Cloud iridescence
An example of cloud iridescence. GQuiroga

Residents of Darwin, Australia, were treated to a spectacular aerial sight when clouds with rainbow linings appeared just before a storm.

The rare spectacle is the result of ice crystals in the sky bending the sun's rays in such a way that the clouds appear iridescent with a multi-coloured glow around their edges much like the colours in an oil slick or soap bubbles.

Residents of the northern Australian city posted images of the clouds on social media, accompanied by descriptions such as "ice prism" and "cloudbow".

Specific conditions have to occur for the rainbow colours to be visible.

"Very specific angles are needed to see the colours, so the position and height of the storm, the angle of the sun and the size of the ice crystals all came together to give Darwin a rare, perfect view of the iridescence," Peter Markworth, a meteorologist at Australia's Bureau of Meteorology, told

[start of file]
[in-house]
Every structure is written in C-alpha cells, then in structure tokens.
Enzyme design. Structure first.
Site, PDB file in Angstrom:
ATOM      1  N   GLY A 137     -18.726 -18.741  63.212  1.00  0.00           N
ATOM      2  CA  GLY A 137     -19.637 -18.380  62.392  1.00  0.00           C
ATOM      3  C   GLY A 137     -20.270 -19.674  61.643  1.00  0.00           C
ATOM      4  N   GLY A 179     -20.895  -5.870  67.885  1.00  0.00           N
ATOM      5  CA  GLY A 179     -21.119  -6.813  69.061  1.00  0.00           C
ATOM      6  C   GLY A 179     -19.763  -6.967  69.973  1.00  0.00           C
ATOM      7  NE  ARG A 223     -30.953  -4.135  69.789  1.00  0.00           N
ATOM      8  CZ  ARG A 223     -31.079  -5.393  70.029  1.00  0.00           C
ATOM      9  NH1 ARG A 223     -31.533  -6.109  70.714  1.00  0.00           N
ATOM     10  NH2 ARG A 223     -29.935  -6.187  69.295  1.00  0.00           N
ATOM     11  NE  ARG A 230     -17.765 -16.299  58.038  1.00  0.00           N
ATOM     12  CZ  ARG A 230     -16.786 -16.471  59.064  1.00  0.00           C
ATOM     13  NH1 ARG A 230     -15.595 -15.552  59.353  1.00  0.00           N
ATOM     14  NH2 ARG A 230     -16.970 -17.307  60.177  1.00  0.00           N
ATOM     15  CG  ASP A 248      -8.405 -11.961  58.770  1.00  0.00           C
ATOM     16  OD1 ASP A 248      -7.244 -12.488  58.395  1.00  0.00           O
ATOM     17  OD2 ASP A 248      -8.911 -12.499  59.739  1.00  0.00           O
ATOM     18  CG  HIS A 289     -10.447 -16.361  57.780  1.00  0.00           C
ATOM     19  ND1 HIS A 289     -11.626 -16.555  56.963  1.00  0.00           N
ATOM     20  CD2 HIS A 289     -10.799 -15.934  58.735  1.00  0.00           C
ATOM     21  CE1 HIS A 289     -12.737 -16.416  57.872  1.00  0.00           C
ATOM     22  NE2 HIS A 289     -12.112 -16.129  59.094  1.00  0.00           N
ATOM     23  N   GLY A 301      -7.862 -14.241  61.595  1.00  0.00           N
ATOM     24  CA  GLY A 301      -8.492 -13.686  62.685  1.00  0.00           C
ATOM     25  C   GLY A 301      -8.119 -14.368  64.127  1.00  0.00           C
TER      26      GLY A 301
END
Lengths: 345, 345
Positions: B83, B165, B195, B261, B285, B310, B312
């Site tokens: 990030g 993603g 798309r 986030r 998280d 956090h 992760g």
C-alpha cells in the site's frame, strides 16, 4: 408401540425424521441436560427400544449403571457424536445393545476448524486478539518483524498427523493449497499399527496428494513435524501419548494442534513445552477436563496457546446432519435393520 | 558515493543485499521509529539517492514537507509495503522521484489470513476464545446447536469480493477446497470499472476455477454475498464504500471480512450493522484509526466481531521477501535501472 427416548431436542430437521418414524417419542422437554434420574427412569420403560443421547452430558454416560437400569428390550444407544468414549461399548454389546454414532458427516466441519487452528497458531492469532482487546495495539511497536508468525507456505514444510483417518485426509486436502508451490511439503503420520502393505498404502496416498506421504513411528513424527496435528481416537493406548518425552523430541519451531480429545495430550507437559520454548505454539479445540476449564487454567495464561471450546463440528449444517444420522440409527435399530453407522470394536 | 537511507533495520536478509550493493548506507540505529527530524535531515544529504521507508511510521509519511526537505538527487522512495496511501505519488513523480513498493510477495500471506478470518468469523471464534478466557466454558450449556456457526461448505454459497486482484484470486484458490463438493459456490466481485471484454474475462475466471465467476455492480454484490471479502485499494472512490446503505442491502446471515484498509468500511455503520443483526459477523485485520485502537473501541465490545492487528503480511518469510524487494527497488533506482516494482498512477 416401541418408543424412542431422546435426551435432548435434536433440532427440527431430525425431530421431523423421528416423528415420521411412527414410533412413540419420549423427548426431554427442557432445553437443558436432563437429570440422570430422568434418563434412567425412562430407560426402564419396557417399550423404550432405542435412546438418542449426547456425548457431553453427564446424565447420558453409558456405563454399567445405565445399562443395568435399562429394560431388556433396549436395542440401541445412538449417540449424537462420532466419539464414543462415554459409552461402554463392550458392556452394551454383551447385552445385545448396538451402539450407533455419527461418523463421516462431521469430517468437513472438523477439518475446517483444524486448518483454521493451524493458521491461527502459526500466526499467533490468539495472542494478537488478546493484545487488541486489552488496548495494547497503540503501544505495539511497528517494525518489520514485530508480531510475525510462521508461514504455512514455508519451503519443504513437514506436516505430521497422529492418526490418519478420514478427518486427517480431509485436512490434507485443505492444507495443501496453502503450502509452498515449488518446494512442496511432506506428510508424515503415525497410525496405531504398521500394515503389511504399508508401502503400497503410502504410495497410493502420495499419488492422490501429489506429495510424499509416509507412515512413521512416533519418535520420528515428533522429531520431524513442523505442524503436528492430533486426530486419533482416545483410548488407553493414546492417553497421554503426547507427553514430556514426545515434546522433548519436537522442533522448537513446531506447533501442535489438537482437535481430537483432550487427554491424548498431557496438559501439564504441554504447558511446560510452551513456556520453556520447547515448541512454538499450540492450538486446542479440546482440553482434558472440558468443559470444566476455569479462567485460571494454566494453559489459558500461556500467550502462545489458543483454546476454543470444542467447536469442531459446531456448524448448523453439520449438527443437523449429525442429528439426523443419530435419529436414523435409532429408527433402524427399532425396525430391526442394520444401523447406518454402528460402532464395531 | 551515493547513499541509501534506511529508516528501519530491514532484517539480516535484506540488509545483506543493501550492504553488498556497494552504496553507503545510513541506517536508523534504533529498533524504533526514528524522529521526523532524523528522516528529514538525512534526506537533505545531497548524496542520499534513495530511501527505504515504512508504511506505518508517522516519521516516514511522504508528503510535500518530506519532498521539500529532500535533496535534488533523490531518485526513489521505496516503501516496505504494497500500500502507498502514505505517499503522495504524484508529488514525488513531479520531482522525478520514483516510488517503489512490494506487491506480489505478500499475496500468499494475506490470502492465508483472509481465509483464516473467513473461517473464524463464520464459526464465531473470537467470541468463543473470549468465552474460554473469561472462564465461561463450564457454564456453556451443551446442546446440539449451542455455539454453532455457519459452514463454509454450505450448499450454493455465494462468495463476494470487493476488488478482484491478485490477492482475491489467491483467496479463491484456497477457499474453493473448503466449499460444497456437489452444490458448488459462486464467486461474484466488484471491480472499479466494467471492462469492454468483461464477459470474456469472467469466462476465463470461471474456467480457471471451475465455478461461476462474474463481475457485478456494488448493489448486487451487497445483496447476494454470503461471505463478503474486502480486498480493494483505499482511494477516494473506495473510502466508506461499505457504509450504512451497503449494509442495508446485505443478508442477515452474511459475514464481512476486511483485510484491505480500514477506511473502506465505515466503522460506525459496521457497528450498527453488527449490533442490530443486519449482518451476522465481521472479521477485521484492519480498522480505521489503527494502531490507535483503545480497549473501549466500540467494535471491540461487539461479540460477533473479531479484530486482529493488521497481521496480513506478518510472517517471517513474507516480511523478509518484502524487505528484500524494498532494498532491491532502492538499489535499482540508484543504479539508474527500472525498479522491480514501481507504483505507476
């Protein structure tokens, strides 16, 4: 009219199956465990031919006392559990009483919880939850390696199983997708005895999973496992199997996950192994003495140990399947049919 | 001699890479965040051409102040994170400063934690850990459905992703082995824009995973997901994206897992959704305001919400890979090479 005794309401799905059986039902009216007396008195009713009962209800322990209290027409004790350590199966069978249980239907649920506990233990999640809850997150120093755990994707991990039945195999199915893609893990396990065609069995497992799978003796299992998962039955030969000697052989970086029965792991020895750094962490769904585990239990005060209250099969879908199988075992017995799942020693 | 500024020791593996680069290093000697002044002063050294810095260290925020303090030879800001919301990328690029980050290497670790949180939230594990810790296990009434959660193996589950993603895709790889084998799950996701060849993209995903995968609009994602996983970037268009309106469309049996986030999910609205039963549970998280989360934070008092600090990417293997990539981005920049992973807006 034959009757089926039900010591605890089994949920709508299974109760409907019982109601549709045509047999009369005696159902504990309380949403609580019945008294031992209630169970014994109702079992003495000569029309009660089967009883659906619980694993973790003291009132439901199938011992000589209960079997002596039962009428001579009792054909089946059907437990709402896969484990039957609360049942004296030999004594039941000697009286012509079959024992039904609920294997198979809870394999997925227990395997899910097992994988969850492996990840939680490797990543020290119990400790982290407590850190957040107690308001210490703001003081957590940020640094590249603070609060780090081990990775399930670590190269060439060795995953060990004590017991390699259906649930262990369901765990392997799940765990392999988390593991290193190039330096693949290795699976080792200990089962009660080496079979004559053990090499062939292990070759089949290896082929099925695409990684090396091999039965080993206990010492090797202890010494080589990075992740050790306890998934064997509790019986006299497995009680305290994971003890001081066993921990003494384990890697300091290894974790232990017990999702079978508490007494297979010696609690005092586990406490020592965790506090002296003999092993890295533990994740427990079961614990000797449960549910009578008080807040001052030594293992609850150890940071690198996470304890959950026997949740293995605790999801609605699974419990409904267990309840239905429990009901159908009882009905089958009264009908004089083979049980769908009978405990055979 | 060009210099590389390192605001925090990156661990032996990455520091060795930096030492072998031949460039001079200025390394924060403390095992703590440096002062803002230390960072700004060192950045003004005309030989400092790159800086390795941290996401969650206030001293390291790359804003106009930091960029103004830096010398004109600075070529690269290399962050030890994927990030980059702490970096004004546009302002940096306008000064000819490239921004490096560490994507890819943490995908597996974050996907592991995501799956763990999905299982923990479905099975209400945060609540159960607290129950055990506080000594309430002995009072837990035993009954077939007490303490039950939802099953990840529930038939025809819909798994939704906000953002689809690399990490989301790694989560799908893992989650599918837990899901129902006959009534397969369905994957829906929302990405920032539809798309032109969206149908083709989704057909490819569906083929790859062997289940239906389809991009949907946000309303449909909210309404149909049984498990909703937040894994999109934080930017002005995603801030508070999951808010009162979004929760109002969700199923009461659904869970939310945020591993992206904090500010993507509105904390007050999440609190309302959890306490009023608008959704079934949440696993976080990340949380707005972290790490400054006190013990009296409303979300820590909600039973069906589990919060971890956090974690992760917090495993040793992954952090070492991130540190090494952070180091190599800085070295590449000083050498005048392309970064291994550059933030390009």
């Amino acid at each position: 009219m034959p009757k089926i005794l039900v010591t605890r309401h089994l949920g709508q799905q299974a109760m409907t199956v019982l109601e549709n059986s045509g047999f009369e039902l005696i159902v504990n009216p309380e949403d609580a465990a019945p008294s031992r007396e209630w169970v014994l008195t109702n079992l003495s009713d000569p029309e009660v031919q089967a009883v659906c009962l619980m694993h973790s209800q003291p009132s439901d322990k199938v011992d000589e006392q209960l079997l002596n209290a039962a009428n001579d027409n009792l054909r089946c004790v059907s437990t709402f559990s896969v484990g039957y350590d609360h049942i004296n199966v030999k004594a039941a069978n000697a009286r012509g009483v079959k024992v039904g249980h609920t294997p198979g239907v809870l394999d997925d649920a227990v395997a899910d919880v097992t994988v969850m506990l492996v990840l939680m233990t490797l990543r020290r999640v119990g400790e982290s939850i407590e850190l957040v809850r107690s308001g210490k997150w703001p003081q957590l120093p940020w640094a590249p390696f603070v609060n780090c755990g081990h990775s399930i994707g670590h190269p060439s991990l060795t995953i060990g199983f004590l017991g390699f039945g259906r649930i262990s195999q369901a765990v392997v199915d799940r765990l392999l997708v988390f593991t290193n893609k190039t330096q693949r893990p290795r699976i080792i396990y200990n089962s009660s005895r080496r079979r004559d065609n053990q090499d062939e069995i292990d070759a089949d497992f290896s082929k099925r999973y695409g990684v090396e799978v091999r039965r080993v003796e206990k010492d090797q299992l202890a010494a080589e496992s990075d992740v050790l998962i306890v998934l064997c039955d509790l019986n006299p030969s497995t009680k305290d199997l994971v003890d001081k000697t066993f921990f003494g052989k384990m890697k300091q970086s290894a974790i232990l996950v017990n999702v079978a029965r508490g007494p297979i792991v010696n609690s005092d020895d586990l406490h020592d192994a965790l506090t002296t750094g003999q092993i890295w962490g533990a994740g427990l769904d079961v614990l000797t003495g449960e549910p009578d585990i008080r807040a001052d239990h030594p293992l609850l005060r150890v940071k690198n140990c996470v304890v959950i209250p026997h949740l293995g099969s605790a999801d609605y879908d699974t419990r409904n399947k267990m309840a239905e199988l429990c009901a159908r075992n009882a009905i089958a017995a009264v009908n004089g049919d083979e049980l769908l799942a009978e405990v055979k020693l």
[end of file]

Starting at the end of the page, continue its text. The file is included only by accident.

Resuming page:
Markworth explained that the type of clouds seen in the images are known as pileus clouds, usually indicators of severe weather. They are formed when water vapour condenses and freezes into uniform ice crystals after a rapid updraft.

In other strange cloud-related happenings, Nasa has released a spectacular photo snapped by an astronaut aboard the International Space Station of a massive vertical cloud formation extending high into the atmosphere over the Bahamas and measuring 15,000ft deep.

Castle cloud
The massive vertical cloud formation above the Bahamas. NASA

This type of cloud is referred to by meteorologists as cumulus castellanus, named in reference to its similarity to the turreted towers of medieval castles.